Like Dr Bernstein, most scientists believe that people are misled into believing that the issue is climate change. The main problem is the constant and repetitive transformation of ecosystems on a large scale which breaks down ecological barriers. The way people interact with their live stock, their hunting practices, and their dependence on the land for their needs and their interaction within their own communities all add to the development of an epidemic. Dr Kenneth Gage, Chief of the Flea-borne Disease Activity Unit of the Centre of Disease Control (CDC), said “vector-borne disease cycles are very complicated. Land-use patterns and human behavior vastly add to these systems.”
Alterations in land-use can be singled out for older zoonotic diseases too. Some studies demonstrate a correlation between the growth of the Atlantic seafood fishing industry and the introduction of the HIV AIDS virus in Western Africa. Rapidly increasing industrial fishing practices in the 1950s brought the fish population down to 10 percent of its original catchment a decade later. This made coastal tribes of Western Africa turn to bush meat to supplement their protein intake. The virus, once inside the human genome, mutated and became the Human Immunodeficiency Virus which became globally pandemic, nested within its travelling human host. “Twenty years ago people would have laughed at this reasoning,” said Dr Bernstein.
Human behavior within different societies, sharing the same environment, can show contrasting results in the spread of zoonotic diseases. Hantavirus, a lung disorder spread by rodents, spread wildly in Mexico in 1993-94 but was hardly significant on the other side of the Rio Grande River in the state of Texas. Dr Gage from the CDC points out that most Americans stay indoors on hot evenings in the comfort of their air-conditioned homes, while Mexicans would go outside on their porches to cool off. “These little things are very important,” he added.
In the case of zoonotic diseases, the factors are several and the impact is always the result of their cumulative effect. Understanding them is extremely complex as it involves a host of organisms from the pathogen, to the host to the infected organism, as well as the mutations which occur in this process. Dr Donald Thea from Boston University’s School of Public Health states that “it’s hard to talk about zoonotic diseases generically as they are a complex heterogenous body of biological beings.” He specifies that each disease needs to be studied and understood locally taking into consideration the environment, animal and human populations, industrial development and climate of the area. Moreover, scientists commonly agree that there is a lack of understanding the specifics of any particular episystem and the complexity of the interacting environment on vector-pathogen-host interaction. Due to these complexities, scientists seem to falter in their predictions for the future of these diseases. Even those confident in their climate models are questioned by the rest of the scientific community. “Predicting the impact of climate change in the future is like trying to predict how the stock market will behave in three years based on the conditions and information we have today,” said Dr Tabachinick.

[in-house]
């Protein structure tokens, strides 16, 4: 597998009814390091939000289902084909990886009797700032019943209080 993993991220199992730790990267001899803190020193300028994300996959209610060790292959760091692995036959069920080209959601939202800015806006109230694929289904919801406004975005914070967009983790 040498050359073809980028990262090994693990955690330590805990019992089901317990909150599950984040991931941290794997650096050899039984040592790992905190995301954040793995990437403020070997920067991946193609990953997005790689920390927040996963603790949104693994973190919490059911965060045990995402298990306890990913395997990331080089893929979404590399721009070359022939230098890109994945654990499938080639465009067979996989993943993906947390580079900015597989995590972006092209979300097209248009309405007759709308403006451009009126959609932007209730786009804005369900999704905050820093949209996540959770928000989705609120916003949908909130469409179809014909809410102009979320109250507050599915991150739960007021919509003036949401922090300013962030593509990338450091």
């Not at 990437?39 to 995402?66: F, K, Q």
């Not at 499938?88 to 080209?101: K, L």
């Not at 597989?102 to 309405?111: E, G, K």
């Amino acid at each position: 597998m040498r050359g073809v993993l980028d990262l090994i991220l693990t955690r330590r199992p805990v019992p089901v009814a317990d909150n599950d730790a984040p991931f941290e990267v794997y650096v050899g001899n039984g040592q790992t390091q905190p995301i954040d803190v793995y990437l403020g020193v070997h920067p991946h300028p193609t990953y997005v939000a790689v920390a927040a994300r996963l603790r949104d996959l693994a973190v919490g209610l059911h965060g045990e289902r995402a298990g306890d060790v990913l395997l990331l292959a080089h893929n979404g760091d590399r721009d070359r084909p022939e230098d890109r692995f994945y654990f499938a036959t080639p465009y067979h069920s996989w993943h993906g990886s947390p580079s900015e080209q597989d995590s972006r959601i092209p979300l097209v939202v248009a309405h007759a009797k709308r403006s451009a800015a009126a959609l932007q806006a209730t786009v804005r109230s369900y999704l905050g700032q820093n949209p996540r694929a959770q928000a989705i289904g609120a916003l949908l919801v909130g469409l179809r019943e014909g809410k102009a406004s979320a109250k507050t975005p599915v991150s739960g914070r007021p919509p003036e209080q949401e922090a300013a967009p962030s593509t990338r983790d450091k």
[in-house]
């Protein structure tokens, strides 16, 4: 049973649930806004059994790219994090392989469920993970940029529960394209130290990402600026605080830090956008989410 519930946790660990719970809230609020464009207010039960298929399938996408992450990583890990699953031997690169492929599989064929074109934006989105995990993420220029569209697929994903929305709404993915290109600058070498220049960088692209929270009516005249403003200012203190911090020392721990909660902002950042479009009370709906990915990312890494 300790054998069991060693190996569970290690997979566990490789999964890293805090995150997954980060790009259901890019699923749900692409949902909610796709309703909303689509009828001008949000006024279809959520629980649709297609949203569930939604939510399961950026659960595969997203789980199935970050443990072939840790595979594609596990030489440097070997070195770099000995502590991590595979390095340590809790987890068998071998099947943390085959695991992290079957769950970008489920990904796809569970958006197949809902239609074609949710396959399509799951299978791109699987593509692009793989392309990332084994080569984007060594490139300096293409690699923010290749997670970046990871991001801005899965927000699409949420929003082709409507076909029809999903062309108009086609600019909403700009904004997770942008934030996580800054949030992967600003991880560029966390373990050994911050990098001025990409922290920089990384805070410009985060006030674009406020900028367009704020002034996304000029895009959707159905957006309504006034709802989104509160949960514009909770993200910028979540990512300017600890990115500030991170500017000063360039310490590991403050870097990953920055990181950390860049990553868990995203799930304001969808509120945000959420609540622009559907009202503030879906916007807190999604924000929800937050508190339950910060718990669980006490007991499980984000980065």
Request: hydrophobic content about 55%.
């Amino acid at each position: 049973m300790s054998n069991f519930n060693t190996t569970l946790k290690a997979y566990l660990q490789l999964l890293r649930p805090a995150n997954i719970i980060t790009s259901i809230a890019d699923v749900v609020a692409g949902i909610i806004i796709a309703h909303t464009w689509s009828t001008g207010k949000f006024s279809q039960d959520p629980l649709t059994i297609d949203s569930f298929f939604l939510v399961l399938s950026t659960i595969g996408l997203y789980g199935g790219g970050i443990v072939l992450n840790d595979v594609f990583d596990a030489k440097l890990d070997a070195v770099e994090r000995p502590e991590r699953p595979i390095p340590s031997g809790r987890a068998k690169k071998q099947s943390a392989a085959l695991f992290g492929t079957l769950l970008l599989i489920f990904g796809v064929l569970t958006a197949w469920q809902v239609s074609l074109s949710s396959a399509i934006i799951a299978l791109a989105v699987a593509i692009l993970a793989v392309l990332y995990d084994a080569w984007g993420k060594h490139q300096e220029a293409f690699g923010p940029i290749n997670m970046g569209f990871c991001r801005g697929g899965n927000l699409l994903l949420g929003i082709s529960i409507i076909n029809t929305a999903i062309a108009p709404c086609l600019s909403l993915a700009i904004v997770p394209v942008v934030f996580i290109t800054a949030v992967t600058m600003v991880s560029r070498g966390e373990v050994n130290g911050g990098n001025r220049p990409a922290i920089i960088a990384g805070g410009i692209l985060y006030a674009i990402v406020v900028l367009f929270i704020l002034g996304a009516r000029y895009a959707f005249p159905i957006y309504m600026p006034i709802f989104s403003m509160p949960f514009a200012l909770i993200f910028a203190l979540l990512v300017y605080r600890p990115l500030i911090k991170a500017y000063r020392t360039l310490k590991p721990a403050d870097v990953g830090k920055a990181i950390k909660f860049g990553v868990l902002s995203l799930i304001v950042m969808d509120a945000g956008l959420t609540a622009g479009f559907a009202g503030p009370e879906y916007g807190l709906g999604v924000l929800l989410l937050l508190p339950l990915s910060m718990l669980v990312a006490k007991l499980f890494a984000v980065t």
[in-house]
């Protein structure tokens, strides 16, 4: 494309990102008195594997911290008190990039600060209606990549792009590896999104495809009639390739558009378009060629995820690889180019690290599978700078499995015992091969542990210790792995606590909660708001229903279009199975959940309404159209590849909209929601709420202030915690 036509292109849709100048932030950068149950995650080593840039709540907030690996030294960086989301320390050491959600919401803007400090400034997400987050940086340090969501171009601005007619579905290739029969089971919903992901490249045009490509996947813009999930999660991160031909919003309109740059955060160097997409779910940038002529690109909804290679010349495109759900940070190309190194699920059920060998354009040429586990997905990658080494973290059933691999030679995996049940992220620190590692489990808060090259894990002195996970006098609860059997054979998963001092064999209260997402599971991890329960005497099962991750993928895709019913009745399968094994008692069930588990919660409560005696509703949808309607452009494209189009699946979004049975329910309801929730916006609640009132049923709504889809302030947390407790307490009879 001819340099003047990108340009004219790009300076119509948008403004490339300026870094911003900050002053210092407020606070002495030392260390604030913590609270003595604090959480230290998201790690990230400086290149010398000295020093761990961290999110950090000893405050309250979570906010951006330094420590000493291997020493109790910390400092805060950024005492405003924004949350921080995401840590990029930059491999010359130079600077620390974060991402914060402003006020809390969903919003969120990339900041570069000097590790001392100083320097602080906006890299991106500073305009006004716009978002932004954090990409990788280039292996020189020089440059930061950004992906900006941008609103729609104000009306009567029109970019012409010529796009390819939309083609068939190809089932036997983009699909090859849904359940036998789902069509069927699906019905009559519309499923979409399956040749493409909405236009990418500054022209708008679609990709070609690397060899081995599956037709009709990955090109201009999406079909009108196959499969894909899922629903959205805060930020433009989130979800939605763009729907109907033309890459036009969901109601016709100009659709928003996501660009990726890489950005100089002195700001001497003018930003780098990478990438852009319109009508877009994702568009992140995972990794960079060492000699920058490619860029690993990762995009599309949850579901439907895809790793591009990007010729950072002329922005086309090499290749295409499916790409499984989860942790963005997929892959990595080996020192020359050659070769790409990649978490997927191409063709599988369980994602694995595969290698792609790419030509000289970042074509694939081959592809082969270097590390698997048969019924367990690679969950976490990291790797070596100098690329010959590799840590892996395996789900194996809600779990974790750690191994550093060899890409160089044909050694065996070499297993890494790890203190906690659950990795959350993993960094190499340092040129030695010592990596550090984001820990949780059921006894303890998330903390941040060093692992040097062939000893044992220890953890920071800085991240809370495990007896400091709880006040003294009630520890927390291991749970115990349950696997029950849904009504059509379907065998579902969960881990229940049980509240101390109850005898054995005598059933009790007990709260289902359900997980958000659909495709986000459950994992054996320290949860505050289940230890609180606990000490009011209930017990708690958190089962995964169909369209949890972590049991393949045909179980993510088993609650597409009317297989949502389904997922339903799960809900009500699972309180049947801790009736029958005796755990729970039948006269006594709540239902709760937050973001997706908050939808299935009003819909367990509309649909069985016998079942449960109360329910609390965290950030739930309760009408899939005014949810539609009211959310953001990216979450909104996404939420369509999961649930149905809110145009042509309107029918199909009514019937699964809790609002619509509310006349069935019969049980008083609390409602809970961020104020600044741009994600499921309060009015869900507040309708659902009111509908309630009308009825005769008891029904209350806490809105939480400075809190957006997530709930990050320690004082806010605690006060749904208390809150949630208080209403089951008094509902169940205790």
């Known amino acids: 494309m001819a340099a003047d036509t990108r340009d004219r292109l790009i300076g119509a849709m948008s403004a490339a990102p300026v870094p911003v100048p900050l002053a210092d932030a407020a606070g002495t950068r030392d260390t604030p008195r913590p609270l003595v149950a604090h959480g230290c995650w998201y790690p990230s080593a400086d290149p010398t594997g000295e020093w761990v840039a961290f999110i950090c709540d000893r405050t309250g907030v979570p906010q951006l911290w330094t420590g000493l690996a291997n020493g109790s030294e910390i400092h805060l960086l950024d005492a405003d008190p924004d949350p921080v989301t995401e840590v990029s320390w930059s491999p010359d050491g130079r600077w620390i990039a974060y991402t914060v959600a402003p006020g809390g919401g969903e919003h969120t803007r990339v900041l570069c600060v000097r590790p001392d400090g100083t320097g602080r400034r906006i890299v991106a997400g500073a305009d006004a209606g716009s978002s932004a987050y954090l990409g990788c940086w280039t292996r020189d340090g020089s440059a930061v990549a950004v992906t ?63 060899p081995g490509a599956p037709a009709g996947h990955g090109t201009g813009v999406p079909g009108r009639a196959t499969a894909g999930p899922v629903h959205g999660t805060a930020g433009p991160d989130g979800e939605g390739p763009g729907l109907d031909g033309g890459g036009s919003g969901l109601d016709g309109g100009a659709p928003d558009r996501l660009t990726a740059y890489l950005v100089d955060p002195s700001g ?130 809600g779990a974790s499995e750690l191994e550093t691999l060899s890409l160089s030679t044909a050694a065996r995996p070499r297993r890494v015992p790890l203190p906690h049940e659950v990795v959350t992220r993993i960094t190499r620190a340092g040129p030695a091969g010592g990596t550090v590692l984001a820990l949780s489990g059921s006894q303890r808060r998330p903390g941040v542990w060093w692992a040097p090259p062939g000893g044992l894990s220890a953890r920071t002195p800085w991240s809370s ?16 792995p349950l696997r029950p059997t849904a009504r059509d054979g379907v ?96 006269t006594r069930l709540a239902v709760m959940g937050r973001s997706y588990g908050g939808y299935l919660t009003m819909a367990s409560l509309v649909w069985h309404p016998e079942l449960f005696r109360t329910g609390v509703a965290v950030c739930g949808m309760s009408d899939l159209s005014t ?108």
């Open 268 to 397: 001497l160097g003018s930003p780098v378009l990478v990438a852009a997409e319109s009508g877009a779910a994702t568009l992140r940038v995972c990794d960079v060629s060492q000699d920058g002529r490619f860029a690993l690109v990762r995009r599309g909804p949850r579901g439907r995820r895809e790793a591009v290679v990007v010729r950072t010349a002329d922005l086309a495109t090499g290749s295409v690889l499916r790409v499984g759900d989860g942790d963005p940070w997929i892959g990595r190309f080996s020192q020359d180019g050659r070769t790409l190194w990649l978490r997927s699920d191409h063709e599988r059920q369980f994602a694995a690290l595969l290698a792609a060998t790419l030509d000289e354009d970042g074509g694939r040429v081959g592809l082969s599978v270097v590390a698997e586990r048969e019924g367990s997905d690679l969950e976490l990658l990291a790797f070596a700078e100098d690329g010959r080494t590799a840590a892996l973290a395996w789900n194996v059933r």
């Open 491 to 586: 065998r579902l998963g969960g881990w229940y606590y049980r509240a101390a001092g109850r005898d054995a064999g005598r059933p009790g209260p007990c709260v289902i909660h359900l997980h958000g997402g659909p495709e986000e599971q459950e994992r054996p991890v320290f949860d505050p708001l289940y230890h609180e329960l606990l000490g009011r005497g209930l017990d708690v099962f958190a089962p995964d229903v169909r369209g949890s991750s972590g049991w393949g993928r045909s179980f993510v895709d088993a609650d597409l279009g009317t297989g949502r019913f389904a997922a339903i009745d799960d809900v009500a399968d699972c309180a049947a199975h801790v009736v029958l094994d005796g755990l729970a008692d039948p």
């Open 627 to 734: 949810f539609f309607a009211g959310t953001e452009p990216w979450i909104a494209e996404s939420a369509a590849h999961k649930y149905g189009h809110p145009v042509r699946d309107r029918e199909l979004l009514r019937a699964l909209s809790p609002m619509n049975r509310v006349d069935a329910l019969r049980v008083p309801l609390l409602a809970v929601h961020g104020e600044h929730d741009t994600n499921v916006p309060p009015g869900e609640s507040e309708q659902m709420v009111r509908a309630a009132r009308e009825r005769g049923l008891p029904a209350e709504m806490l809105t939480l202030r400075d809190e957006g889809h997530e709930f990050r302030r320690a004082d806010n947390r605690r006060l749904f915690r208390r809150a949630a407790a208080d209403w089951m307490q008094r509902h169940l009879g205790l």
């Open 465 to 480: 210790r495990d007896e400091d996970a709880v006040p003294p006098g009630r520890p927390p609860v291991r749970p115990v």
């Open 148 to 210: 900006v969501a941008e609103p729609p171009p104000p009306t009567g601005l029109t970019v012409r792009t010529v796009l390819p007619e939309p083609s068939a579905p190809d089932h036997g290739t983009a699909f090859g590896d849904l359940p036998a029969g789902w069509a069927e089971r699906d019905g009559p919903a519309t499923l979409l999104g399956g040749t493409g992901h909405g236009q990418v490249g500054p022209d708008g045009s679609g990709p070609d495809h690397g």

While uncertainty may taint the understanding of the future of these diseases, resolution can be found in simple steps like educating local and medical communities globally. Dr Gage from the CDC notes that 14 percent of all fatal plague cases in the US, in the last 30 years, have been due to delayed medical attention or misdiagnosis. He states that the CDC focuses most of its efforts on educating people on managing their pets, livestock and disposing garbage in their neighbourhoods. Awareness and surveillance is the key to controlling the outbreak and spread of these diseases. He adds that with Remote Sensing and satellite imagery, scientists have access to land use, precipitation and pollution figures across the world which could help determine the possible epidemics in certain regions. “Theoretically we could reach a point for predicting zoonoses,” he adds. “But these diseases are very hard to predict and penetrate, “ he concludes soon after.